Ben Affleck has had a strange career. As far back as his early films with Kevin Smith (Chasing Amy, Jay and Silent Bob Strike Back), he’s taken a lot of flack for his acting. But the moment he got behind the camera with Gone Baby Gone, audiences and critics put away their complaints as they watched his true talent unfold in front of them. Indeed, Ben Affleck is a good director – he’s not always my cup of tea, but I won’t deny that he has a serious gift for filmmaking. And so it’s little surprise that his third feature-length film, Argo, is an unabashedly thrilling tour de force that sits comfortably on par with his previous effort, The Town.
Argo is an exercise in anxiety. From the moment the film starts, we are immediately enraptured in the fate of the hostages in Iran. And for most of the film, the gravity of this international disaster is at the forefront of our minds, building suspense and giving the film an overall sense of purpose. But while Affleck’s conflict-building works, some of it can feel a little contrived; doors not opening and cars not starting are feel like tacked on conceits, which is a shame given the already-exciting premise of the film.
Affleck is sort of an anti-Nicholas Winding Refn, never letting the camera rest on the face of any one character for longer than a few seconds. This works well in Argo, giving the film a decidedly kinetic feel that increases the roller coaster feel of the plot. I’m not sure I particularly enjoy this fast-paced style, as it gives very little time for subtlety, but in the end this film benefits from it in a very positive way.
Likewise, Affleck’s writing is generally very solid. Occasionally the script veers into ham-handed dialogue, pushing emotion and exposition in a way that feels less than organic. Because of this, the stronger scenes happen when the characters keep their comments short and sweet. This keeps the film focused on driving the story forward, which is essential in a blockbuster thriller.
An interesting phenomenon that was hard not to notice in Argo is that not one of the primary cast members seems to be stretching their acting muscles at all. Most of the film they spend looking scared and frightened, or in Affleck’s case reserved and expressionless. The exception to this rule are Alan Arkin and John Goodman, who are absolutely wonderful; just seeing them on screen together is a joy. They play off one another exceptionally well, and seem to be making the most of their caricatures of Hollywood bigwigs.
Despite their chemistry, however, there is a strange tonal dichotomy in this film between the scenes in Hollywood with Arkin and Goodman and the harsh reality of the Iranian hostage crisis. The opening of the film is a terrifying, uncannily realistic depiction of what happened at the US Embassy in Iran, and yet the subsequent focus on the movie making world is full of whimsy and laughter. It is a jarring juxtaposition. Nevertheless, I can’t fault Affleck for it – this contrast between the very real international issue and the sheer absurdity of Mendez’s plan are what make the true story so compelling.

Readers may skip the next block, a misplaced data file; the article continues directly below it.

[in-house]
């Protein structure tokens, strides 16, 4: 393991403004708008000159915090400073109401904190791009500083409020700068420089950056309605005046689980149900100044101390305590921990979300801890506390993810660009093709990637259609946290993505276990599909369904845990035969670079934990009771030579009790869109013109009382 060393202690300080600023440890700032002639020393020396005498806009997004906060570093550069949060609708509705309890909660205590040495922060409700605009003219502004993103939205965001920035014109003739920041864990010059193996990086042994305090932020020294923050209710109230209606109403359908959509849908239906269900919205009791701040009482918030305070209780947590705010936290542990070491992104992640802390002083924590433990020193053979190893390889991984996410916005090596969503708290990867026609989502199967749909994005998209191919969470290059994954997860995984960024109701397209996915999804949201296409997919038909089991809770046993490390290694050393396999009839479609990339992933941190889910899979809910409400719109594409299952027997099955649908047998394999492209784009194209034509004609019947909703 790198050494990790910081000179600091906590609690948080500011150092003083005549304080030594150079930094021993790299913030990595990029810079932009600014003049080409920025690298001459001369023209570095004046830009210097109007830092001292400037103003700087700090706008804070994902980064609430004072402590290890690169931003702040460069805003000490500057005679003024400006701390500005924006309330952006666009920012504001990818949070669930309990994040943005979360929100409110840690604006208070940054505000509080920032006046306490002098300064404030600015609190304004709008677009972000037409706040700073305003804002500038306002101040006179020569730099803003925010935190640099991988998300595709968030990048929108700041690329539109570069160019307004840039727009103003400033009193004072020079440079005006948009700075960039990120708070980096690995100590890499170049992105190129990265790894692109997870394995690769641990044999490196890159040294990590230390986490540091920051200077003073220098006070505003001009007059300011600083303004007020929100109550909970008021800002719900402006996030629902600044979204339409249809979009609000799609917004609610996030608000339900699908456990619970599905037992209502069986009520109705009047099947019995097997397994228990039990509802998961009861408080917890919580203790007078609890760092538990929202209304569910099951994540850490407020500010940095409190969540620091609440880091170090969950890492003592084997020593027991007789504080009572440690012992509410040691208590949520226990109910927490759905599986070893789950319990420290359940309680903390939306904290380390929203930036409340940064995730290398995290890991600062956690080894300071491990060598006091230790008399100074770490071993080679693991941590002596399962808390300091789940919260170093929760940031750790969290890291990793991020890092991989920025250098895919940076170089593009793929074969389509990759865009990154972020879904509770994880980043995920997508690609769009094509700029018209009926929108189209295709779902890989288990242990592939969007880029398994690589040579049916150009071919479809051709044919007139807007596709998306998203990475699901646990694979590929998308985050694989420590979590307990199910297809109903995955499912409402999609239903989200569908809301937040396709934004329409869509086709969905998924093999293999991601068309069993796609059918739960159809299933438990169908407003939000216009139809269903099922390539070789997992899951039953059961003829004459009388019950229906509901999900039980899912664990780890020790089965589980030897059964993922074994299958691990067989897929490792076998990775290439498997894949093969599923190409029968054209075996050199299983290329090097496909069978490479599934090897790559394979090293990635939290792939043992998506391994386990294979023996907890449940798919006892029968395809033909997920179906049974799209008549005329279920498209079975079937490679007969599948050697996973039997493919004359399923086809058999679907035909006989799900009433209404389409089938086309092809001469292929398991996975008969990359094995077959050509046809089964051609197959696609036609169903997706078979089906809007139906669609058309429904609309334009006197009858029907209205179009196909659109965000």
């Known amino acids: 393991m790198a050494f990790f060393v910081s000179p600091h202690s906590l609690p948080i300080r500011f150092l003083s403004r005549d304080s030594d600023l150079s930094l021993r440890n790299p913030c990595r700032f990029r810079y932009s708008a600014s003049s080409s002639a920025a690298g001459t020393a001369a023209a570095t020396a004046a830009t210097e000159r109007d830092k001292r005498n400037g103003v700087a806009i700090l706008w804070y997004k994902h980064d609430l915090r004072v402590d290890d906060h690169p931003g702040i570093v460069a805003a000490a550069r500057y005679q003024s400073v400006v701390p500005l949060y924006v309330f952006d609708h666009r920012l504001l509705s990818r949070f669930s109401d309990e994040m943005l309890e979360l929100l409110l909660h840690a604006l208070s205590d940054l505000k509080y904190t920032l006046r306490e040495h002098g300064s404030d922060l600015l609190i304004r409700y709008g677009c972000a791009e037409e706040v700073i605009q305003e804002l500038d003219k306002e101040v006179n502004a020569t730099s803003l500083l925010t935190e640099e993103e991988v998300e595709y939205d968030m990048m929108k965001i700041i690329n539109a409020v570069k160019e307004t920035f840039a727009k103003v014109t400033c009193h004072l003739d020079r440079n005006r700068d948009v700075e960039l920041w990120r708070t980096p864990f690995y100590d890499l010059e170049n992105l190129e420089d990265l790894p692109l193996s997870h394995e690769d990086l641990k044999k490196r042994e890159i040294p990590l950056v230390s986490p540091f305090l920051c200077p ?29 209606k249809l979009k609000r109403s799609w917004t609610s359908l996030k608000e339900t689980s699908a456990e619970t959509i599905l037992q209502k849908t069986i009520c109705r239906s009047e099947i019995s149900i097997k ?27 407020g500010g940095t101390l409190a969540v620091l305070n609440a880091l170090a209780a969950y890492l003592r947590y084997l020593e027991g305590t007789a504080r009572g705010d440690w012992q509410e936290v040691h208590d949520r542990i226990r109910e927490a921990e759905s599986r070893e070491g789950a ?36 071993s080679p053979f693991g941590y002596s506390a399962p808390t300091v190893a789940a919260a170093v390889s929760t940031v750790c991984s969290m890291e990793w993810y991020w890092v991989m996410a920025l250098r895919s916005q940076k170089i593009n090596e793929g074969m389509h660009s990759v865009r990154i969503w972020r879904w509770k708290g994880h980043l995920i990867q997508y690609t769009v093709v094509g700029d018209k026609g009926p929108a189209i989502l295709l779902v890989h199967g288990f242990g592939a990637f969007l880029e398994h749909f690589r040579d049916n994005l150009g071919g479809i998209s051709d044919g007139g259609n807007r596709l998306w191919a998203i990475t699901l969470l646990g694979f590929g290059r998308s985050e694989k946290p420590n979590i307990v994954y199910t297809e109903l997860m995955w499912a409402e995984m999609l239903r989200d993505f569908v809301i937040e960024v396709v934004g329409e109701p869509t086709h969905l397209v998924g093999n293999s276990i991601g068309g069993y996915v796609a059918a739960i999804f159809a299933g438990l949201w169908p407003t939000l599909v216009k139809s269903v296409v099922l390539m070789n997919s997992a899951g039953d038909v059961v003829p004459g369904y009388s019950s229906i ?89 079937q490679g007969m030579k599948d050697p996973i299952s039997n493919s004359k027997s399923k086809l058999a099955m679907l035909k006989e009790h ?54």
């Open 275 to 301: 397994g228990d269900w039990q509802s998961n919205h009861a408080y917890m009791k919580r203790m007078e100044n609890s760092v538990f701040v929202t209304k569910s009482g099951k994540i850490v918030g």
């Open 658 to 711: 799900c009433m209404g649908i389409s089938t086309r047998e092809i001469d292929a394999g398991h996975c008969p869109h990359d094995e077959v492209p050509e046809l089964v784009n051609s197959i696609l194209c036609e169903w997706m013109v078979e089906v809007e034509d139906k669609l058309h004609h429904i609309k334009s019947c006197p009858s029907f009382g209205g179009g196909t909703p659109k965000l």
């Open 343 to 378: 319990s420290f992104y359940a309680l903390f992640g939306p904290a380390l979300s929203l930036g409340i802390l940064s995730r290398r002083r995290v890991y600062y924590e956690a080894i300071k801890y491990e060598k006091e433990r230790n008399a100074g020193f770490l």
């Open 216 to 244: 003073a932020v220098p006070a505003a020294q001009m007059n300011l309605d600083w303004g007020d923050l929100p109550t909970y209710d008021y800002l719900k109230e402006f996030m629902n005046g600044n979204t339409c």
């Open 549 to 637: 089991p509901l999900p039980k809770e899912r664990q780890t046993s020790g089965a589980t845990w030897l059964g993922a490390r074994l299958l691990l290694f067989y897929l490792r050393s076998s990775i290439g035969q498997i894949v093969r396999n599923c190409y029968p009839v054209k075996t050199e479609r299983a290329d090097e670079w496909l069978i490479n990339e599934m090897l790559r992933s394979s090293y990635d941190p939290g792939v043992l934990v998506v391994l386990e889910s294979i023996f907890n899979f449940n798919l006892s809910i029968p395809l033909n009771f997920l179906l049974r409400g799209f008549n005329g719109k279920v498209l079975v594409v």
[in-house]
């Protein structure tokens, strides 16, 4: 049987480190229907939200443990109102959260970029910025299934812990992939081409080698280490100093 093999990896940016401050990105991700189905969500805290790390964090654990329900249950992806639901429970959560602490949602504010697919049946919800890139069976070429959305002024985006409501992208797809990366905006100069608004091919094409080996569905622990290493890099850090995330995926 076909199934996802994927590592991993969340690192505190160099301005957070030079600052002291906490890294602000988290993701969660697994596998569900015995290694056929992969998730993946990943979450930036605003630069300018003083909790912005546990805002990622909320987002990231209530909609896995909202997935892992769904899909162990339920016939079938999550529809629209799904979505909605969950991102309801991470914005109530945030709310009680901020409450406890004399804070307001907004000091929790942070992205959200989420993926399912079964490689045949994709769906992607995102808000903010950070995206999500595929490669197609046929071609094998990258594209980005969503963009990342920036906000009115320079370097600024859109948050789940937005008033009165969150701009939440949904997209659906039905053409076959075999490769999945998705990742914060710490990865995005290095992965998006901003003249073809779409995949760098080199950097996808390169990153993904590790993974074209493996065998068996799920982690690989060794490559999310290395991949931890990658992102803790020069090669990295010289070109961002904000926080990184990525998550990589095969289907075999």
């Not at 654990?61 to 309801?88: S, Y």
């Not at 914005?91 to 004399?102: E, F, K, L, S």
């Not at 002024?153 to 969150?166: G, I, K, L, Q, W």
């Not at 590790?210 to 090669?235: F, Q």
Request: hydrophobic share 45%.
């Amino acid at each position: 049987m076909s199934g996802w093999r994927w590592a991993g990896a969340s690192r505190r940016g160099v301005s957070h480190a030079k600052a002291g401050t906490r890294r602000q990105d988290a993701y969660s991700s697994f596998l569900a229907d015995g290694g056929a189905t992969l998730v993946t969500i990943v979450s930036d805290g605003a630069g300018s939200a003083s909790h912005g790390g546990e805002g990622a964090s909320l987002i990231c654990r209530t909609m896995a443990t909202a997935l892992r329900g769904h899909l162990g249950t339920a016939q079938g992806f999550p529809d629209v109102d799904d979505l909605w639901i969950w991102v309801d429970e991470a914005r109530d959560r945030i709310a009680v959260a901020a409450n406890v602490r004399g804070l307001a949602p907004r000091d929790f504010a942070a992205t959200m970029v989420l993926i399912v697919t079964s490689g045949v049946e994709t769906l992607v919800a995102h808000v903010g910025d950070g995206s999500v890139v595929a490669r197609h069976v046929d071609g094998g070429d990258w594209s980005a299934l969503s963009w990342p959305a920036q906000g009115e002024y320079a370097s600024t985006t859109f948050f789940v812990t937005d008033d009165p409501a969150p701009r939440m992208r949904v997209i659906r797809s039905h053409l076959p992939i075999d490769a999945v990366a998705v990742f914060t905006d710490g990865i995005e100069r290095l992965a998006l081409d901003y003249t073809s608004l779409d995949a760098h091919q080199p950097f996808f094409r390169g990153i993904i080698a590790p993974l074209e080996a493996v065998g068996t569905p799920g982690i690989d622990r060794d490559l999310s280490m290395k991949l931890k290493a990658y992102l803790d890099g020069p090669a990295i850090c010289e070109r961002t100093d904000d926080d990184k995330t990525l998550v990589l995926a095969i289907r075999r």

Ultimately, Argo does manage to strike a strange but pleasing balance between sweetness, comedy, and intense fear. This combination makes for a unique experience that, perhaps due to its strong adherence to real events, is altogether convincing and memorable. In particular, the ongoing side story about Mendez’s wife and child give what seems like an otherwise heroic-but-flat protagonist a compelling background and believable character motivations.
Argo is one of the most crowd-pleasing, fun rides of the year. It is another strong addition to Ben Affleck’s growing film œuvre, further cementing him as a promising director we should all keep an eye on; I expect to see a true masterpiece out of this man soon. And while Argo doesn’t quite fit that bill, I promise it is well-worth your time and money.
Verdict: Movie Win
A Note on Tony Mendez – I understand that Ben Affleck can’t resist starring in his own films, and he hardly tries to steal the film as its protagonist with some over-the-top performance, but I was a little queasy at his choice not to choose an actual Hispanic actor to play Tony Mendez. At the end of the film, we have a chance to see photographs showing how well each of the hostages were cast. When the actual Tony Mendez, shows up, I actually laughed – Ben Affleck doesn’t even sort of resemble him, even hidden under all of that facial scruff. This isn’t a big issue, but I was kind of put off by it.